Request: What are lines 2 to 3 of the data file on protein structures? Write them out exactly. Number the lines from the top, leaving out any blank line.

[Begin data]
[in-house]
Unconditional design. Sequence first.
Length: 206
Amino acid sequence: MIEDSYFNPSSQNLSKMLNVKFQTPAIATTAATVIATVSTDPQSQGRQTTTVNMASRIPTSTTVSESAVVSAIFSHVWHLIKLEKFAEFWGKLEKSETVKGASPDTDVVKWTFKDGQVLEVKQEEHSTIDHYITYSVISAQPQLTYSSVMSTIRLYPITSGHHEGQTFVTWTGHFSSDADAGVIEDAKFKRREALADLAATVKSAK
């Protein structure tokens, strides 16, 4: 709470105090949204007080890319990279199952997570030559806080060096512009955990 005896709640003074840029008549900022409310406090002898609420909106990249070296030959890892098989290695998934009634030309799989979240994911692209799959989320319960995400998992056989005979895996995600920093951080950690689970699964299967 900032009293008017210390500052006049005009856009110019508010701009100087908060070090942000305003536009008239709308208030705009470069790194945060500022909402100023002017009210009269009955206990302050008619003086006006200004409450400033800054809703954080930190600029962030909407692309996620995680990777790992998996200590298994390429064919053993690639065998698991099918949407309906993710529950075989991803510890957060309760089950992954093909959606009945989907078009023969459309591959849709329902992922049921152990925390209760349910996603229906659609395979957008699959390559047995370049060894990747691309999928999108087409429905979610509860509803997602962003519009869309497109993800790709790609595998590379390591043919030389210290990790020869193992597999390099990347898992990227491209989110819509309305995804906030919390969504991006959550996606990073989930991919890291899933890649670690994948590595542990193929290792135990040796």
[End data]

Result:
Unconditional design. Sequence first.
Length: 206